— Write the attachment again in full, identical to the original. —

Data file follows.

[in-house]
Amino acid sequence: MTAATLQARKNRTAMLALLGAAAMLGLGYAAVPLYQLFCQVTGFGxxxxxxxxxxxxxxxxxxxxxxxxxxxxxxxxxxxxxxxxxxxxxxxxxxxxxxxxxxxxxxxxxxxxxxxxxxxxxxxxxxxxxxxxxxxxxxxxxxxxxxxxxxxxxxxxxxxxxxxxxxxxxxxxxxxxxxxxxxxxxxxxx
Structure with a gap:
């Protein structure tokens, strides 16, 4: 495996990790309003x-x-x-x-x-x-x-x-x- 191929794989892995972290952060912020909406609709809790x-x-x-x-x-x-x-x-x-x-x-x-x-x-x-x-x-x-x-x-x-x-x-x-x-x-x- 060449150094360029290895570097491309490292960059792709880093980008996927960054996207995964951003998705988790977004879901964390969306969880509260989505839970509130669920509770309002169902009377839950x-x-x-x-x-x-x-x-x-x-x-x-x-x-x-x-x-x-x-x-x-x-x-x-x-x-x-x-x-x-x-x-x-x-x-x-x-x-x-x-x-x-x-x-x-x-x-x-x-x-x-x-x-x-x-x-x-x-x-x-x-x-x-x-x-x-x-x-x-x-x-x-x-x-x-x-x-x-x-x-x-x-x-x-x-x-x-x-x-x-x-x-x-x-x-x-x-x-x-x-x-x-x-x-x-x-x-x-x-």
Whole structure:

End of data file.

[in-house]
Amino acid sequence: MTAATLQARKNRTAMLALLGAAAMLGLGYAAVPLYQLFCQVTGFGxxxxxxxxxxxxxxxxxxxxxxxxxxxxxxxxxxxxxxxxxxxxxxxxxxxxxxxxxxxxxxxxxxxxxxxxxxxxxxxxxxxxxxxxxxxxxxxxxxxxxxxxxxxxxxxxxxxxxxxxxxxxxxxxxxxxxxxxxxxxxxxxx
Structure with a gap:
């Protein structure tokens, strides 16, 4: 495996990790309003x-x-x-x-x-x-x-x-x- 191929794989892995972290952060912020909406609709809790x-x-x-x-x-x-x-x-x-x-x-x-x-x-x-x-x-x-x-x-x-x-x-x-x-x-x- 060449150094360029290895570097491309490292960059792709880093980008996927960054996207995964951003998705988790977004879901964390969306969880509260989505839970509130669920509770309002169902009377839950x-x-x-x-x-x-x-x-x-x-x-x-x-x-x-x-x-x-x-x-x-x-x-x-x-x-x-x-x-x-x-x-x-x-x-x-x-x-x-x-x-x-x-x-x-x-x-x-x-x-x-x-x-x-x-x-x-x-x-x-x-x-x-x-x-x-x-x-x-x-x-x-x-x-x-x-x-x-x-x-x-x-x-x-x-x-x-x-x-x-x-x-x-x-x-x-x-x-x-x-x-x-x-x-x-x-x-x-x-």
Whole structure: